Eastern Mediterranean 1948: End of Mandatory Palestine
The British Mandate of Palestine had become increasingly unstable since the 1930s, facing first Arab and then Jewish insurgencies against British rule. In 1947 the United Nations suggested the partition of Palestine into separate independent Arab and Jewish states, prompting a civil war to break out between the Arabs and the Jews. The Jews were victorious by the following year, declaring an independent State of Israel to coincide with the British withdrawal.
12 Mar 1947 Truman Doctrine▲
In an address to United States Congress, President Harry Truman outlined his policy of supporting “free peoples” against “attempted subjugation armed minorities or by outside pressures”, insisting the US assist them “primarily through economic and financial aid”. The speech was an attack on Soviet attempts to destabilize Greece and Turkey, leading the US to give financial support to those nations. As a general policy of containing Soviet expansionism by backing those it threatened, this so-called Truman Doctrine would become the foundation of US foreign policy during the Cold War.
15 Aug 1947 Partition of India▲
Under the direction of Lord Louis Mountbatten of Burma, the last Viceroy of the British Indian Empire, British India was partitioned into the sovereign states of the Dominion of Pakistan and the Union of India. As Pakistan was designated as a Muslim homeland, the religiously mixed provinces of Punjab and Bengal were also divided between the two new states. The princely states were advised to choose between Pakistan and India, rather than retain independence.
29 Nov 1947 UN Partition Plan for Palestine▲
The United Nations adopted UN General Assembly Resolution 181 (II), recommending that the United Kingdom terminate the Mandate of Palestine, partitioning it between two independent states—one Arab and one Jewish—and a Special International Regime for the city of Jerusalem. The United Kingdom was to withdraw no later than 1 August 1948, with the two states coming into existence two months after the withdrawal. The partition plan was accepted by the Jewish Agency for Palestine but rejected by Arab leaders and governments.
30 Nov 1947–14 May 1948 Civil war in Mandatory Palestine▲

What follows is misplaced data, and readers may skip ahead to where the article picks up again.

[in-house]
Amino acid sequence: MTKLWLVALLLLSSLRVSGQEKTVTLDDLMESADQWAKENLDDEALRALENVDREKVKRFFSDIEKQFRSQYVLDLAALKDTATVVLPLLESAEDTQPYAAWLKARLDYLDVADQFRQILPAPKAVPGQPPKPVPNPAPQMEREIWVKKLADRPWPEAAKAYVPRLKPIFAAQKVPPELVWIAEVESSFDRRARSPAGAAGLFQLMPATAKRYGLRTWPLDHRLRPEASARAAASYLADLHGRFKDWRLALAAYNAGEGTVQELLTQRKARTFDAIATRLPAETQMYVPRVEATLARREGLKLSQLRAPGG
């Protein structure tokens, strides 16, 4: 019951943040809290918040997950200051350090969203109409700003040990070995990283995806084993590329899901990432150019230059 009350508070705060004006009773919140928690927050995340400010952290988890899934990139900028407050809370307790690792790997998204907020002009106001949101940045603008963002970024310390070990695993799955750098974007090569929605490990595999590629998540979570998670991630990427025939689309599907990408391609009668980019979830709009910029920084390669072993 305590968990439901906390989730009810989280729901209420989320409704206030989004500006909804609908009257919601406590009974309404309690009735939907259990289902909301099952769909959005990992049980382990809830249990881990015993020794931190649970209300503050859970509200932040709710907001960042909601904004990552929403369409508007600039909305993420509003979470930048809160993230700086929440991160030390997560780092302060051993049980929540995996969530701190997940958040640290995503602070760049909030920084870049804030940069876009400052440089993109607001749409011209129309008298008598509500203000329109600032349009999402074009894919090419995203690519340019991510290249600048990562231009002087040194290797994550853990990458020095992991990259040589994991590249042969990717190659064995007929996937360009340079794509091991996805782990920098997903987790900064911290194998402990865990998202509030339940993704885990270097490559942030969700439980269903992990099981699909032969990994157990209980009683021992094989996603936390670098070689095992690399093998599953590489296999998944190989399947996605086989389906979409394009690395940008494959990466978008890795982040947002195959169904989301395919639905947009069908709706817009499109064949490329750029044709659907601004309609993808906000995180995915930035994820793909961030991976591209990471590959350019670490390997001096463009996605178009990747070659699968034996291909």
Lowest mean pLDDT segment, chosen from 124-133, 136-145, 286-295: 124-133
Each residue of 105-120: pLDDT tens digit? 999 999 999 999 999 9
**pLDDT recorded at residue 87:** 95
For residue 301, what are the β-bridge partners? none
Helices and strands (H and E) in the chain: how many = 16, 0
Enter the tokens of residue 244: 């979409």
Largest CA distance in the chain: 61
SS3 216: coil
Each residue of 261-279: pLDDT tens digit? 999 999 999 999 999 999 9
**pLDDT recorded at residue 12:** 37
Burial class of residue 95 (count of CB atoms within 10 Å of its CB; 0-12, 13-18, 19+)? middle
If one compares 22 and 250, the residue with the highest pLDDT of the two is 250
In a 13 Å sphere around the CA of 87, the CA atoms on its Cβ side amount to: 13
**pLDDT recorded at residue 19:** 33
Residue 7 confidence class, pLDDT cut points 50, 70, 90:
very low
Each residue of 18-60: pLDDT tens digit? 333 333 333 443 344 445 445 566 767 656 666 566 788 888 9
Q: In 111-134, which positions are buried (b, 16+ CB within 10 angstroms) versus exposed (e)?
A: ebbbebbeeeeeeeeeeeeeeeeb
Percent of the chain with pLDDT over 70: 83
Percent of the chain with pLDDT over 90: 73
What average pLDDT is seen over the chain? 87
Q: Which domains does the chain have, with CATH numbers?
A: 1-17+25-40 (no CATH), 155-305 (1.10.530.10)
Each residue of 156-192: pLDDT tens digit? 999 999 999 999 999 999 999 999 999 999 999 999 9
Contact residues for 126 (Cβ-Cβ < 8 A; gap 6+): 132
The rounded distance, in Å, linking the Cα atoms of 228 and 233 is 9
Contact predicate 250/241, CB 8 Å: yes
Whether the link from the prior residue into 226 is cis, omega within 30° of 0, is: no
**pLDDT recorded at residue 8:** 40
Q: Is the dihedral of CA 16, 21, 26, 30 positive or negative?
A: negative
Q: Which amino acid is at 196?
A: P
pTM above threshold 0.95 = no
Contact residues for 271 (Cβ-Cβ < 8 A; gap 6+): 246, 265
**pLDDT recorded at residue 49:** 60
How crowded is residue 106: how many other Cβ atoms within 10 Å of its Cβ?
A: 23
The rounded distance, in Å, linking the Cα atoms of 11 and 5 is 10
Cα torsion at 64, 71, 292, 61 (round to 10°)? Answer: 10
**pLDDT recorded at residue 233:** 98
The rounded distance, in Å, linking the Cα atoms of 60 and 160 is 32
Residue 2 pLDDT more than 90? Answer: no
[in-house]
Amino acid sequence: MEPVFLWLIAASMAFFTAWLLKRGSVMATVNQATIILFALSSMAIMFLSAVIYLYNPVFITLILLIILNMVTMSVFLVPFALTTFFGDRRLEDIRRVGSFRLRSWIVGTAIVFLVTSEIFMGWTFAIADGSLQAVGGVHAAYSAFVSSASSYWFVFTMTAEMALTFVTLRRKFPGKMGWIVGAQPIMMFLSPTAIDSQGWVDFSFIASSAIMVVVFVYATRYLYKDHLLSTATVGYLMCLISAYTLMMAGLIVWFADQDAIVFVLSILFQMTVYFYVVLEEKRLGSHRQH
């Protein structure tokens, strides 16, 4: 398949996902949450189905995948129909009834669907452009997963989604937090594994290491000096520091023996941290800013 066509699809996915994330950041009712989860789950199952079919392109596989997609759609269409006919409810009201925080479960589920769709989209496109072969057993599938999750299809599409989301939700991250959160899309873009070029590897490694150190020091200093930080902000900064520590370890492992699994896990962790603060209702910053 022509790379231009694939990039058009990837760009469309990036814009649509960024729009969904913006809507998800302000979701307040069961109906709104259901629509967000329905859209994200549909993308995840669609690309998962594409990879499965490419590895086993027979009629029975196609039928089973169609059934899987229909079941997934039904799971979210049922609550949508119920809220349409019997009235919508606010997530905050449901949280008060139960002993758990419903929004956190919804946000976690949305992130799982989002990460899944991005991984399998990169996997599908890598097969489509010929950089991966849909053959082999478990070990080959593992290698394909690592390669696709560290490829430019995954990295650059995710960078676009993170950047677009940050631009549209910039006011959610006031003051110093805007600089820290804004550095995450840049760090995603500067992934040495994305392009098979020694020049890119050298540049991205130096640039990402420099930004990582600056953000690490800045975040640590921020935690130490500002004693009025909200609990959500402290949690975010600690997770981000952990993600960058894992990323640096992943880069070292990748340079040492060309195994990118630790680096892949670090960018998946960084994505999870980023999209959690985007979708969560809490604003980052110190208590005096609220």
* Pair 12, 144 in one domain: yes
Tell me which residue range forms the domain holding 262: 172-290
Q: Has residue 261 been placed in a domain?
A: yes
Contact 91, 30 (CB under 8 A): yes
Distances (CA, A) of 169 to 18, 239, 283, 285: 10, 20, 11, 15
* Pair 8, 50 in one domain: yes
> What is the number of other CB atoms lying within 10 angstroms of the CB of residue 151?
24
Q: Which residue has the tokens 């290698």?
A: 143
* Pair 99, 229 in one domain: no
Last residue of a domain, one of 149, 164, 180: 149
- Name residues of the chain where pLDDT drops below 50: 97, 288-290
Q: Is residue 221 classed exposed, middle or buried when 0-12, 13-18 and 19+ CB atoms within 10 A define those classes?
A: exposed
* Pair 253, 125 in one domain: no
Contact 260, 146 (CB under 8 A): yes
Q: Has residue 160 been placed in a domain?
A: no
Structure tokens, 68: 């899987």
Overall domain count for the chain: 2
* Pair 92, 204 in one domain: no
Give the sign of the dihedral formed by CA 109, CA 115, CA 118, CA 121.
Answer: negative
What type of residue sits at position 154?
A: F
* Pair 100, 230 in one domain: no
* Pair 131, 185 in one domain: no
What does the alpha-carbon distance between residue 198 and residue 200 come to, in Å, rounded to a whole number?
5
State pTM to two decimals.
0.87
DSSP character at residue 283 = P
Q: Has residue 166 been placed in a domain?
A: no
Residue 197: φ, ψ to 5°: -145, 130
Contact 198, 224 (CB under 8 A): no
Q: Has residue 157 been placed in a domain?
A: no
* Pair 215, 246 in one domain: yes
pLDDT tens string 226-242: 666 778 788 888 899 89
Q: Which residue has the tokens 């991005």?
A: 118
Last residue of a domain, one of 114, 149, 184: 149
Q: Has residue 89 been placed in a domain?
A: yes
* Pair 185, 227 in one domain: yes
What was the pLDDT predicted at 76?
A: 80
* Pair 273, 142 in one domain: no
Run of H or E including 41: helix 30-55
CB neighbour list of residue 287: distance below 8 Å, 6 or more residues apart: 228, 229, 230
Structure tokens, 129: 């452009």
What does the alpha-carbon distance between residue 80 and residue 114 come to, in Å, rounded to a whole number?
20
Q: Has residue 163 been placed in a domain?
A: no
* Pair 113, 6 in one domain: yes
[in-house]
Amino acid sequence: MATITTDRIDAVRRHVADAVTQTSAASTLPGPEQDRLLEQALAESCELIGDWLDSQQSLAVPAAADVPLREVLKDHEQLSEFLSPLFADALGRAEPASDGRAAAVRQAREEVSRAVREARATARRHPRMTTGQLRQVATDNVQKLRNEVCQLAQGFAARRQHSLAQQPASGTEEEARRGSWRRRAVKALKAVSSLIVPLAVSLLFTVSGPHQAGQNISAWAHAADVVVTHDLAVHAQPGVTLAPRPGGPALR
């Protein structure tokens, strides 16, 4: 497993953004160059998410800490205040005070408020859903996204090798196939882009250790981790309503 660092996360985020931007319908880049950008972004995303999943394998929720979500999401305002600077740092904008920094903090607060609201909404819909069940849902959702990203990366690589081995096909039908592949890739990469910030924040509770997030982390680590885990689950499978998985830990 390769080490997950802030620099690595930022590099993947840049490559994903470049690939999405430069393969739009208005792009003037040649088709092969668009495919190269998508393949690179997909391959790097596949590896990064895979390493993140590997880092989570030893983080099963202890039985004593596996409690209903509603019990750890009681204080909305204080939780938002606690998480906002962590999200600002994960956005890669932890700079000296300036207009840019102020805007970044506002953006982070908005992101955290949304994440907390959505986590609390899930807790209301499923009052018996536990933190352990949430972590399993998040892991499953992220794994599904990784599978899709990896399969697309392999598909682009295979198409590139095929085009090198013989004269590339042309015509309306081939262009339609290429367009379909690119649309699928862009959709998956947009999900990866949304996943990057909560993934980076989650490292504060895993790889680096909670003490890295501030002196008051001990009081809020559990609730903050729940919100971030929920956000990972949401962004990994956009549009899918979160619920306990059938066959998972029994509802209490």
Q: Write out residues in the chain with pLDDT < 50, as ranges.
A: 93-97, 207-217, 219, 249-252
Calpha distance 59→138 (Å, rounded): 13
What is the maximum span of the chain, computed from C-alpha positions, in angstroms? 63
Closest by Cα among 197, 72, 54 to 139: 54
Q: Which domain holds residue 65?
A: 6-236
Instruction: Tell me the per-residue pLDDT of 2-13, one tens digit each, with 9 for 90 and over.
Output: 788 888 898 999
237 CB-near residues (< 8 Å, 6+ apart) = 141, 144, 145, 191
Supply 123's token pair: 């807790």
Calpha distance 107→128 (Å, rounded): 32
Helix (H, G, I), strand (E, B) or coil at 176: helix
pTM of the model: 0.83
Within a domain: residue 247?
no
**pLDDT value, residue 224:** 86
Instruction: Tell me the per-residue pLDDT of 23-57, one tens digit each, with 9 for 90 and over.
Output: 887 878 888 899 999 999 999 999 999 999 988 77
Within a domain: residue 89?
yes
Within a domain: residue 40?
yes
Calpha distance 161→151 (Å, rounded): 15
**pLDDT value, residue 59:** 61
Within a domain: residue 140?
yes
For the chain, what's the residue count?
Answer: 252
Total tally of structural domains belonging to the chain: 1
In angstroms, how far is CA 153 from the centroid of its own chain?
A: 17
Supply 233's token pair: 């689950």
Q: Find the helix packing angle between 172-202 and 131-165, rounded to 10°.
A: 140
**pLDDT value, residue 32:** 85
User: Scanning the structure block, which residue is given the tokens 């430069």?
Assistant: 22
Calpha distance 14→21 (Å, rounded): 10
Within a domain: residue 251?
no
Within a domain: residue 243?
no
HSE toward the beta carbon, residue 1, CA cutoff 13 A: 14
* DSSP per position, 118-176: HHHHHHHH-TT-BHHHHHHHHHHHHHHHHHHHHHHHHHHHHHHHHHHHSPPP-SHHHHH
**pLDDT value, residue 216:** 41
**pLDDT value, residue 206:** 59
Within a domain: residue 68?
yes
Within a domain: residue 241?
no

The Arab refusal to accept the United Nations recommendation to partition the British Mandate of Palestine prompted Jewish communities in Palestine to also withdraw their support, resulting in civil war. The two sides clashed as the British organized their withdrawal. As the mandate expiry date of 15 May 1948 approached, the Jewish Haganah launched a major offensive, capturing Jerusalem and much of northern Palestine.
3–27 Jan 1948 Al-Wathbah uprising▲
Protests broke out in Baghdad in response to the Iraqi monarchy’s plans to renew the 1930 Anglo-Iraqi Treaty, an agreement which had effectively made Iraq a British protectorate. In response to the continued agitation, the king annulled the treaty on 21 January. The protests continued for another week, when police brought them violently to a close at the cost of 300-400 demonstrators.
14 May 1948 Israeli Declaration of Independence▲
David Ben-Gurion, the Executive Head of the World Zionist Organization and the chairman of the Jewish Agency for Palestine, declared the establishment of the State of Israel. The declaration became effective upon the termination of the British Mandate over Palestine at midnight.
15 May 1948 End of Mandatory Palestine▲
After evacuating Jerusalem on 14 May, British forces remaining in Palestine, including High Commissioner Alan Cunningham, withdrew via Haifa. On 15 May the Palestine Mandate ended, leaving the country divided between the newly declared State of Israel and the Palestinian Arabs.
15 May 1948 Outbreak of Arab-Israeli War▲
Egypt, Syria, Transjordan, Lebanon, Iraq, and Saudi Arabia—the major states of the Arab League—declared war on the newly declared State of Israel. That same day, the Egyptian, Syrian, Transjordanian, Lebanese, and Iraqi invasion of Israel on behalf of Palestine began.